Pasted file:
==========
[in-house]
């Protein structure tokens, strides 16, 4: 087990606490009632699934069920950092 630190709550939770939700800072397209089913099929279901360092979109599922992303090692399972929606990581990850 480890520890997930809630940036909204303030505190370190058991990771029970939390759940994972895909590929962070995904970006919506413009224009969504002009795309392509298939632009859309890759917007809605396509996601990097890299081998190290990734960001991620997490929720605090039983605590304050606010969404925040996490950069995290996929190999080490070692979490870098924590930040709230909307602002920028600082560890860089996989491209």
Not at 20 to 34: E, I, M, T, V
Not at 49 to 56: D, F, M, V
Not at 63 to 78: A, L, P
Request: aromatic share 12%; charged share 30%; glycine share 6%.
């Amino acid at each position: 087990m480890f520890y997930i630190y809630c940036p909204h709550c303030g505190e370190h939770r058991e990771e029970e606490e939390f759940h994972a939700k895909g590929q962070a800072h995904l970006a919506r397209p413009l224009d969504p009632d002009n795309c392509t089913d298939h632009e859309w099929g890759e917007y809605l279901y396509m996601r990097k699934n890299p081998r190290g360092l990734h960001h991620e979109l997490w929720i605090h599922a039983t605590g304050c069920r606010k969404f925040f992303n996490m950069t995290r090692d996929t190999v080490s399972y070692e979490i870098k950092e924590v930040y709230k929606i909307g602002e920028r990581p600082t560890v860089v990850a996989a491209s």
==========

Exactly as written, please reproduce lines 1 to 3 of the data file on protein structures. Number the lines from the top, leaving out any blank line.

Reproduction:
[in-house]
């Protein structure tokens, strides 16, 4: 087990606490009632699934069920950092 630190709550939770939700800072397209089913099929279901360092979109599922992303090692399972929606990581990850 480890520890997930809630940036909204303030505190370190058991990771029970939390759940994972895909590929962070995904970006919506413009224009969504002009795309392509298939632009859309890759917007809605396509996601990097890299081998190290990734960001991620997490929720605090039983605590304050606010969404925040996490950069995290996929190999080490070692979490870098924590930040709230909307602002920028600082560890860089996989491209």
Not at 20 to 34: E, I, M, T, V